tanu11 wrote:
Raman steals four gallons of liquid soap kept in a train compartment bathroom from a container that is full of liquid soap. He then fills it with water to avoid detection.
unable to resist his temptation he steals 4 gallon of the mixture again. When the liquid soap is check at the station it is found that the ratio of liquid soap now left in the container to that of the water is 36:13. What was the initial amount of liquid soap in the container if it is know that the liquid is neither used nor augmented by anybody else during the entire period ?
A. 7 gallons
B. 14 gallons
C. 21 gallons
D. 28 gallons
E. 35 gallons
What is the source? You can instantly tell it's not credible once it says "unable to resist his temptation". GMAT questions don't provide character motivations; they aren't writing novels. There are several other issues with the language I won't bother to mention.
But I will mention the disastrous problem with the wording, highlighted above: the question doesn't bother to tell us that Raman refills the soap dispenser with water the second time he takes soap. That's what the question
intends, but it would be patently incorrect to
assume that Raman refills the soap dispenser twice if the question only says he does it once. So interpreting the question as it's actually written, when he steals soap mixture the second time, he won't change the ratio of soap to water. So 36 to 13 is thus the ratio of soap to water after he replaces soap with water the first time. Since he actually introduced 4 gallons of water, the actual numbers here are 4/13 as big as the numbers in the ratio, and since we have 36+13 = 49 parts in total in our ratio, the actual total quantity in the dispenser must be (4/13)(49), or roughly 15 gallons.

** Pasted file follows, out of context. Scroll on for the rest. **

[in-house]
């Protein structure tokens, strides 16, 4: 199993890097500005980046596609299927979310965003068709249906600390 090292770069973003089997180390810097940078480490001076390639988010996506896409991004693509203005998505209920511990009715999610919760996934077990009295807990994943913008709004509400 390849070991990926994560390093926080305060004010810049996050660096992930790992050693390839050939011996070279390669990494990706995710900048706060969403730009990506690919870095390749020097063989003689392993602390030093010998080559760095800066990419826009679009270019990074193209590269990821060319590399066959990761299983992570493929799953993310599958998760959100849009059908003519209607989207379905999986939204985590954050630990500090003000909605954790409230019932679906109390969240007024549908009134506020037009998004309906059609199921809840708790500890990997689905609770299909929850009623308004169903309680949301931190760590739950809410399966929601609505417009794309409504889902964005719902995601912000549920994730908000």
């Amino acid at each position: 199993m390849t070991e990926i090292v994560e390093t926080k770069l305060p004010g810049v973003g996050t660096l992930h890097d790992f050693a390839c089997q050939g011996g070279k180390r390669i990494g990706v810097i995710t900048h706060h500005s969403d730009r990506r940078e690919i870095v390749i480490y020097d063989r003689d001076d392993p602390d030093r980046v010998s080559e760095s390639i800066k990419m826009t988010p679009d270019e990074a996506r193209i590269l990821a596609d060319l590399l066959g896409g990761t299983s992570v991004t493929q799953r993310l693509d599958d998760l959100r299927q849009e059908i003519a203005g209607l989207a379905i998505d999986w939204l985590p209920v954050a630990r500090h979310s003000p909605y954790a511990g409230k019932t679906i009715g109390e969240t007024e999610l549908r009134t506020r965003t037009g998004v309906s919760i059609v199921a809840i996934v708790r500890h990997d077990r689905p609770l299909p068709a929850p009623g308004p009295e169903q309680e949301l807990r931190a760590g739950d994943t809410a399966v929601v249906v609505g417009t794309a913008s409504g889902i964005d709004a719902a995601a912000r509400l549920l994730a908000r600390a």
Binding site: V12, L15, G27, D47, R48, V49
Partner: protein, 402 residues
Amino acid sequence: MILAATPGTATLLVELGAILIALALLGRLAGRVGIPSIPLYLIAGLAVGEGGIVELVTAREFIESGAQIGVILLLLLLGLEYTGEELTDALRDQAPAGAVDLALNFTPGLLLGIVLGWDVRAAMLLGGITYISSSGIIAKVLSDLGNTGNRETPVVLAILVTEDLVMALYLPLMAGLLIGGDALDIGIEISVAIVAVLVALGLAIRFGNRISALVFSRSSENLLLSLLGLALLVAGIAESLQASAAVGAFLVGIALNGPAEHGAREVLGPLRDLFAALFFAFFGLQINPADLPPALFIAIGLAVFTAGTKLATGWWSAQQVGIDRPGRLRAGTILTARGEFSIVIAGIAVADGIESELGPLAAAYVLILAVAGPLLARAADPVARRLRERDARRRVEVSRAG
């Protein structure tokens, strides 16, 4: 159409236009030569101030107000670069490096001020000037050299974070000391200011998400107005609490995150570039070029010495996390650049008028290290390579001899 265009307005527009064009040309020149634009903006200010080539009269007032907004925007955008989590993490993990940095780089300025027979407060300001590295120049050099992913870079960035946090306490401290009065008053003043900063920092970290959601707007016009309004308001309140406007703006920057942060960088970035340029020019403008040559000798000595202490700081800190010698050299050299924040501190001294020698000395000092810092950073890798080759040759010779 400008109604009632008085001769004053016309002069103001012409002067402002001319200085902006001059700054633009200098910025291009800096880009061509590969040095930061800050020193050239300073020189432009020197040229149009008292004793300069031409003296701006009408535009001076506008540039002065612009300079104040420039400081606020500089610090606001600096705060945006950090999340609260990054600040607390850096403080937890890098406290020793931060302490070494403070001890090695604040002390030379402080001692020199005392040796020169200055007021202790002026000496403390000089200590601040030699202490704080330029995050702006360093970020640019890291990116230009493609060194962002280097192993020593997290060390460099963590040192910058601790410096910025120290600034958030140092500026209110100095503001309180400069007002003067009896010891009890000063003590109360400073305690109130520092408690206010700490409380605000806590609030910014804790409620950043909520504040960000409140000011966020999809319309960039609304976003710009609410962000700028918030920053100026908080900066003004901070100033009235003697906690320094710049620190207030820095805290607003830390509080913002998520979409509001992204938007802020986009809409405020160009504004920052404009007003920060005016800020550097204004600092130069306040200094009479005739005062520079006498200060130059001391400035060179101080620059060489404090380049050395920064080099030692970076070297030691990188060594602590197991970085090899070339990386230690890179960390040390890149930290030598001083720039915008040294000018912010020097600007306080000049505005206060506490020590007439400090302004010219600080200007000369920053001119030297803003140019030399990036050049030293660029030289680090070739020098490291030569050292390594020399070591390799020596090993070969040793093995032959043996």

From the answer choices, that's clearly not what the question designer had in mind. The question means to say that Raman replaced the soap he removed with water each time. Especially with these numbers, that's not a GMAT question, and you'd certainly never need to know a formula to answer that kind of problem. You can work out how the concentration of pure soap changes conceptually, but there's no reason for GMAT test takers to bother thinking about that since it won't ever be relevant on the test. Here I'd probably just estimate: the final mixture is still mostly soap. We've introduced nearly 8 gallons of water into it (4 gallons of pure water the first time, and nearly 4 gallons the second time, since the second time some of what is removed is water). If the ratio of soap to water at the end in 36 to 13, then the ratio of the total amount to water is 49 to 13. So the total amount is (49/13) times the amount of water. If the amount of water is a bit less than 8, the total amount is a bit less than (49/13)(8), which is roughly 30, so 28 is the only plausible answer.
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